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SitNews - Stories In The News - Ketchikan, Alaska
August 31, 2009

Front Page Photo by JIM LEWIS

Ward Creek Area: Black Bear
Front Page Photo by JIM LEWIS


Ketchikan: Transportation Dept. Releases 2010-2013 Draft STIP for Public Comment - The Department of Transportation and Public Facilities (DOT&PF) has released the draft version of the 2010-2013 Statewide Transportation Improvement Program (STIP).

One particular project in the draft STIP will reconstruct the North Tongass highway in Ketchikan for approximately two miles to provide a paved width of 36 feet from the first junction with D-1 Loop Road (Lighthouse Grocery area) to Whipple Creek Bridge. The current pavement rating on this section of the North Tongass Highway D1 to Whipple Creek is "poor". This roadway work will exclude the 0.2 mile section from the second junction with D-1 Loop (Mud Bight area) to Lighthouse Grocery which will be addressed in a later project.

Another project proposed for funding in the STIP is the Alaska Class Ferry. This project will design and construct an efficient and environmentally responsible vessel to meet the future needs of the Alaska Marine Highway System.

The STIP is a four-year highway spending plan describing how Alaska will use federal funds to implement the state's long range transportation plan. The release of the draft STIP initiates the public participation process necessary prior to the release of federal funds to the state. - More...
Monday - August 31, 2009

Ketchikan: KETCHIKAN MAN CONVICTED BY FEDERAL JURY OF DRUG TRAFFICKING - United States Attorney Karen L. Loeffler announced Friday that after deliberating for approximately four hours, a federal jury in Anchorage found Eulogio F. Seludo, of Ketchikan, Alaska, guilty of conspiracy to distribute methamphetamine, five counts of distributing methamphetamine, one count of attempted possession with intent to possess methamphetamine, and one count of possessing methamphetamine with intent to distribute.

Seludo, age 53, was tried before United States District Court Judge Ralph R. Beistline.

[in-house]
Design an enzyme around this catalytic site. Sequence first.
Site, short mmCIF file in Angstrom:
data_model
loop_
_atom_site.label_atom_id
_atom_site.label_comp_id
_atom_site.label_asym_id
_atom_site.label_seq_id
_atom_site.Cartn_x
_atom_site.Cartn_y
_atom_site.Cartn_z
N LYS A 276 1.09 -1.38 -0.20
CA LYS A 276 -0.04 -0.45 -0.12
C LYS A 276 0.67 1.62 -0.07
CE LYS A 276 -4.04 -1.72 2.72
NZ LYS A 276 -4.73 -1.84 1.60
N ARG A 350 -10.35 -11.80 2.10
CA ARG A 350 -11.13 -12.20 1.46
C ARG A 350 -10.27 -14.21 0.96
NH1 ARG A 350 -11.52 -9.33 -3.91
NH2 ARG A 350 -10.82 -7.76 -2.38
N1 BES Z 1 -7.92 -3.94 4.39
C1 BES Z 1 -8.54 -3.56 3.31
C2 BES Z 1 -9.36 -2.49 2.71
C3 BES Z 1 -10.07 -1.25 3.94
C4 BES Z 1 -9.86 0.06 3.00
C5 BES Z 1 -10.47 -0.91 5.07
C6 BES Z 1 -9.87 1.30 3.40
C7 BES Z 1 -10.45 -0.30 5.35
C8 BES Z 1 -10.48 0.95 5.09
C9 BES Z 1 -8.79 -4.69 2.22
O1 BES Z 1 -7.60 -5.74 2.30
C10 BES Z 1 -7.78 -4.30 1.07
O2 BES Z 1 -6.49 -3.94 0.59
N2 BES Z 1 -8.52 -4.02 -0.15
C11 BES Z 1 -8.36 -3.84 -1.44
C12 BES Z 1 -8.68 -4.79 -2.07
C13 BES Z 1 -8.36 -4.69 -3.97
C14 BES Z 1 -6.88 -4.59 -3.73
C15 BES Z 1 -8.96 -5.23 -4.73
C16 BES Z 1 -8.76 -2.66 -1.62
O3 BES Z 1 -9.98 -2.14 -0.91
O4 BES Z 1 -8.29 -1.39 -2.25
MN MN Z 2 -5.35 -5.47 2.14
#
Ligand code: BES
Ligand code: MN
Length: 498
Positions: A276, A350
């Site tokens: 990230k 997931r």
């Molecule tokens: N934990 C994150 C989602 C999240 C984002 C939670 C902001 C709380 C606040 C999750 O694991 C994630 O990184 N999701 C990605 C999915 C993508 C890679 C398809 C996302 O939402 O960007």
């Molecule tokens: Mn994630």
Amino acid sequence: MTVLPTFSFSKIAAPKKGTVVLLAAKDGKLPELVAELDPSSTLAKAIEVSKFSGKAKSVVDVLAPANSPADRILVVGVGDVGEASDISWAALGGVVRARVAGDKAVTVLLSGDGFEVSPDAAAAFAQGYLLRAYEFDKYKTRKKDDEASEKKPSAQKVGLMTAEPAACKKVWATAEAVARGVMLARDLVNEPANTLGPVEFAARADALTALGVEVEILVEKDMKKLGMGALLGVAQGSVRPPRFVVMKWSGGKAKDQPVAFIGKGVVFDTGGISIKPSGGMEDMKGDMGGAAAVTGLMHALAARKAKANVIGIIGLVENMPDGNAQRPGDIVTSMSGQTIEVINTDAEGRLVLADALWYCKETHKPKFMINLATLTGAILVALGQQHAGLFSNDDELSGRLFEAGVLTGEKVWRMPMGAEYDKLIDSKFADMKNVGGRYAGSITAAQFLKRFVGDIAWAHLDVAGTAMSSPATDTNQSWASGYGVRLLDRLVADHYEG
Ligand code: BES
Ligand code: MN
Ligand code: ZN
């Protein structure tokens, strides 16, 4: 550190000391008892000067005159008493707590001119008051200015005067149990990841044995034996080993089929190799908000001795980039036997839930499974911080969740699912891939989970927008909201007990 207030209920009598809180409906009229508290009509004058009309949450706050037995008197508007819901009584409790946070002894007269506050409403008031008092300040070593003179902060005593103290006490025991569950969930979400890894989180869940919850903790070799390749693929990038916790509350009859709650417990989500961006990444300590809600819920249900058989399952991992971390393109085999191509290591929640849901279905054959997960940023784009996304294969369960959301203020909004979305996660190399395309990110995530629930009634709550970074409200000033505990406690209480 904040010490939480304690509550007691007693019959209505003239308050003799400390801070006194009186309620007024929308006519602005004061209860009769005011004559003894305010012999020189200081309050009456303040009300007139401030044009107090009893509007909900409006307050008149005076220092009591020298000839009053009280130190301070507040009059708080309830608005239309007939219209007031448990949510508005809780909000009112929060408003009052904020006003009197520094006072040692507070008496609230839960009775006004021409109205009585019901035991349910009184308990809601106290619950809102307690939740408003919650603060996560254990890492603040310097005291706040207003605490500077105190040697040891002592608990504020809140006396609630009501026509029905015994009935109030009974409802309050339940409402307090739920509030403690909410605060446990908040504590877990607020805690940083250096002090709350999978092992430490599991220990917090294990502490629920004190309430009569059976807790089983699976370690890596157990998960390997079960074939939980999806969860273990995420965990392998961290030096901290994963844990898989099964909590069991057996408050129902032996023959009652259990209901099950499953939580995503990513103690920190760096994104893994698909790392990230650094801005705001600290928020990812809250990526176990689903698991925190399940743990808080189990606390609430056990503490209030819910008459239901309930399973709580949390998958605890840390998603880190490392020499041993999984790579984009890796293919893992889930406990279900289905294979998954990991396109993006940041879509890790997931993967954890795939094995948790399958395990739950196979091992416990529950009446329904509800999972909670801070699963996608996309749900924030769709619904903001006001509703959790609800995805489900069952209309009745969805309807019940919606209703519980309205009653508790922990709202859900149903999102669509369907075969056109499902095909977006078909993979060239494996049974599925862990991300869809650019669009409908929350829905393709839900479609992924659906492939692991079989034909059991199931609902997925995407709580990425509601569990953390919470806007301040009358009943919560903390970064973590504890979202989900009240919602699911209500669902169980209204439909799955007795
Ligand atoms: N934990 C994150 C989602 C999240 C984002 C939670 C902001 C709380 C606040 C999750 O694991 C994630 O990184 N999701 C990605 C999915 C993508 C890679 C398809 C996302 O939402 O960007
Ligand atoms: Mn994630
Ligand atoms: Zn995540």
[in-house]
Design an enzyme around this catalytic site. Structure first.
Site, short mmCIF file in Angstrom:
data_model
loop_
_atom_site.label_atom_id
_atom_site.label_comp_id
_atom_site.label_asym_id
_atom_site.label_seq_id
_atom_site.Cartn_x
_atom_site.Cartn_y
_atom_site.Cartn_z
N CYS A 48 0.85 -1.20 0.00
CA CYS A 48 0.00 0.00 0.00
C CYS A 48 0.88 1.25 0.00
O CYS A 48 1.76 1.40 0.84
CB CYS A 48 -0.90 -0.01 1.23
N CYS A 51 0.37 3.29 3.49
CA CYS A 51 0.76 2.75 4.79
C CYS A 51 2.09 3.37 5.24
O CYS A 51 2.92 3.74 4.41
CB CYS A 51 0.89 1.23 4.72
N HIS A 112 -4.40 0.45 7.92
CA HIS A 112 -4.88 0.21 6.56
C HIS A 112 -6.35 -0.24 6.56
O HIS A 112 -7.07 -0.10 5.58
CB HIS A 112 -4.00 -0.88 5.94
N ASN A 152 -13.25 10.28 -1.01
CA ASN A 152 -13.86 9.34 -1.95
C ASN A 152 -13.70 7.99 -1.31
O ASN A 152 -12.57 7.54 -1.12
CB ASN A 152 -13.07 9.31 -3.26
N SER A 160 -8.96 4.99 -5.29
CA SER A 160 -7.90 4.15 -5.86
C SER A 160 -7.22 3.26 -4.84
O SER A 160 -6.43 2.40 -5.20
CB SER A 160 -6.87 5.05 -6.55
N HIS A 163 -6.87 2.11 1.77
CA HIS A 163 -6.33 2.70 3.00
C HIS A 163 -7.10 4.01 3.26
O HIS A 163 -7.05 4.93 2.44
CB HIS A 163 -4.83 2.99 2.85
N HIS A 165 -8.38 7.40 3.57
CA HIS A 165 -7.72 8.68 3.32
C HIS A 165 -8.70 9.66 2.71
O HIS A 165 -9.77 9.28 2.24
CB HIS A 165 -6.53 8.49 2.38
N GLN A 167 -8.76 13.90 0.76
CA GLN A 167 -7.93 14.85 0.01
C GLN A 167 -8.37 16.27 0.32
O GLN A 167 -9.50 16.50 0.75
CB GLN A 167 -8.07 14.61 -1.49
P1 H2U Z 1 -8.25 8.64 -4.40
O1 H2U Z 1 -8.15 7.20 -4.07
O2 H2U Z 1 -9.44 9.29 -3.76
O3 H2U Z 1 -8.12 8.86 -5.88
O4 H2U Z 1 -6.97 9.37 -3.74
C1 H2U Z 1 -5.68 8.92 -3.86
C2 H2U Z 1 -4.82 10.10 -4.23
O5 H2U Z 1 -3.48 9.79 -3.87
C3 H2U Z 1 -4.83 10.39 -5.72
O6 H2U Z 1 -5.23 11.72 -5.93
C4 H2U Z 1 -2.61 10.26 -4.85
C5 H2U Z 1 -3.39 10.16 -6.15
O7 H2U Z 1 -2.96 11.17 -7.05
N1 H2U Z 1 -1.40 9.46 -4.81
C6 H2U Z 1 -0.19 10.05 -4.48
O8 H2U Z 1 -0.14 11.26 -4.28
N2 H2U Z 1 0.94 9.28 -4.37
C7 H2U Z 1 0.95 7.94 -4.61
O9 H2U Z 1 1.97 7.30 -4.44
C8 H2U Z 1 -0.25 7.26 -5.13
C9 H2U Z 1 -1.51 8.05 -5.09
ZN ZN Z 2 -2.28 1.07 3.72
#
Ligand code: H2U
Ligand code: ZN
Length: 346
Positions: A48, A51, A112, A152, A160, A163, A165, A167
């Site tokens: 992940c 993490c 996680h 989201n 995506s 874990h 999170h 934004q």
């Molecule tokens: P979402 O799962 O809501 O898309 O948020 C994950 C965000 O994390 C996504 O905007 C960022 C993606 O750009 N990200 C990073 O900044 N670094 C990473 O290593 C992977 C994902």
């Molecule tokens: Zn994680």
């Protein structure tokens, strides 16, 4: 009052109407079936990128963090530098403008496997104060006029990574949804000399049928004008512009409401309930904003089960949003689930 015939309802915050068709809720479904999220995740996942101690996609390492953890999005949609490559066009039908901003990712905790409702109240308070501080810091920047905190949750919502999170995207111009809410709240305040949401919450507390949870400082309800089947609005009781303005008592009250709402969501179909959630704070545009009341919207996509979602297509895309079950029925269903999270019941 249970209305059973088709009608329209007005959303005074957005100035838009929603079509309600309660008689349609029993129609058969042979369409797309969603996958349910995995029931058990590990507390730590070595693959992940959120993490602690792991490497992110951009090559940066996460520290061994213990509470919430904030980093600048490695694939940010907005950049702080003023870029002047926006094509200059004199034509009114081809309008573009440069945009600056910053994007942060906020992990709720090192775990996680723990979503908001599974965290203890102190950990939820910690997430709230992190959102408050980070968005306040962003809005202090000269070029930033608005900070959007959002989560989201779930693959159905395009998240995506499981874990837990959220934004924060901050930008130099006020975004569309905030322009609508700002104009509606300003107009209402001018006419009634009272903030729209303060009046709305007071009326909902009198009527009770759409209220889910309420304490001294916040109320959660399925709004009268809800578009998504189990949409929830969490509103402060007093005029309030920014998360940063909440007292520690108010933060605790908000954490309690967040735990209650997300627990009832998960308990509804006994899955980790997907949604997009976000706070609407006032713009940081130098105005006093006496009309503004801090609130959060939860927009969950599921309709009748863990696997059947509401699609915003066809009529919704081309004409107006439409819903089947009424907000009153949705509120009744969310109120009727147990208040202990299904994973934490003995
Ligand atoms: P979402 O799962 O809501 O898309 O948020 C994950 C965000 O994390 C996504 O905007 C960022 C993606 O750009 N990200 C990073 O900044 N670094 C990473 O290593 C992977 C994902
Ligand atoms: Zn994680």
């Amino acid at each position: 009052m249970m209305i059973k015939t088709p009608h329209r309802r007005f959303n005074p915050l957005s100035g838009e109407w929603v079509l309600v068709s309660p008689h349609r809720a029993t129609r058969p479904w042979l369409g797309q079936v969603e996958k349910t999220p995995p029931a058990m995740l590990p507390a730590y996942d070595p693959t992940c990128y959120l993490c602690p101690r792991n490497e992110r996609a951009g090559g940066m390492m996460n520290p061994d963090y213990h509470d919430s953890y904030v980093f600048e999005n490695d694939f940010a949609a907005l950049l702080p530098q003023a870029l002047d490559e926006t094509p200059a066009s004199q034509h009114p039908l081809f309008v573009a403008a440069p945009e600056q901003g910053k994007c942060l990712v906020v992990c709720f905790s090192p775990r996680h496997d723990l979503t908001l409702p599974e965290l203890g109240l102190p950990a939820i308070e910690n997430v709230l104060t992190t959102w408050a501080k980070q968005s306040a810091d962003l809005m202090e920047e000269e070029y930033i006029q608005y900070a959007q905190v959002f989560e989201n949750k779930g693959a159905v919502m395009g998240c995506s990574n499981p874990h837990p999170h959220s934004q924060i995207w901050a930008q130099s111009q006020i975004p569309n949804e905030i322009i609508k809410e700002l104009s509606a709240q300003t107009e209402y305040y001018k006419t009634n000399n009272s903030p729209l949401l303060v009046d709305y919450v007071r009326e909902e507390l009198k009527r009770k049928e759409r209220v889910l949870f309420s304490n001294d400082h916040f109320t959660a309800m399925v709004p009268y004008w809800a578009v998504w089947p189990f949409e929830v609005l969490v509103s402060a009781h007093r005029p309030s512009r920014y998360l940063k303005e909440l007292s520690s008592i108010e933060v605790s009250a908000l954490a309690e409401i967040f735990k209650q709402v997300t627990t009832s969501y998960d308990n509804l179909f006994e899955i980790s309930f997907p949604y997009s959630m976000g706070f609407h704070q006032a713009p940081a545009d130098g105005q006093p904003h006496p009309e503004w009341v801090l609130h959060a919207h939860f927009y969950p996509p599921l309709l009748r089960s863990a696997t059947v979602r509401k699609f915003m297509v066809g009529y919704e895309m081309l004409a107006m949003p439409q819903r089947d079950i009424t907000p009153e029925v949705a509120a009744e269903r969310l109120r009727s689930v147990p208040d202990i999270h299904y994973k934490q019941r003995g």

According to Assistant United States Attorney Aunnie Steward, who prosecuted the case, the evidence presented at trial established that Seludo trafficked in methamphetamine from sometime in late 2006, to April 2008. The defendant, together with his co-conspirators, shipped methamphetamine to Ketchikan through the U.S. Postal Service, and also bought it from other methamphetamine dealers in Ketchikan, and sold it in Ketchikan.

Judge Beistline scheduled sentencing for November 9, 2009, at 10:00 am. The law provides for a maximum of 20 years in prison, a fine of $1,000,000, or both. Under the Federal Sentencing Guidelines, the actual sentence imposed is based on the seriousness of the offenses and the criminal history, if any, of the defendant. - More...
Monday - August 31, 2009

Ketchikan: UAS Ketchikan Announces New Humanities Faculty Member - Teague Whalen, UAS Ketchikan's new Assistant Professor of English and Communication, recently moved here from Marquette, Michigan, where he was a teaching fellow and received his Masters of Fine Art (M.F.A.) in creative writing. In the past, he has taught English at North Central Michigan College and in the University of Michigan's New England Literature Program. Currently, he is teaching three sections of COMM 111, Fundamentals of Oral Communication, online this fall and is also a writing tutor in the campus Learning Center. In upcoming semesters, he will be teaching composition, creative writing, and literature as well. Teague is also a performing singer/songwriter/guitar player; writes fiction, non-fiction and poetry; and he is an avid outdoorsman. - More...
Monday - August 31, 2009

Fish Factor: Danger posed to fisheries in Southeast by sea otters By LAINE WELCH - Several things pose dangers to various fisheries in Alaska, but there is one big threat in the Panhandle that is seldom mentioned: sea otters.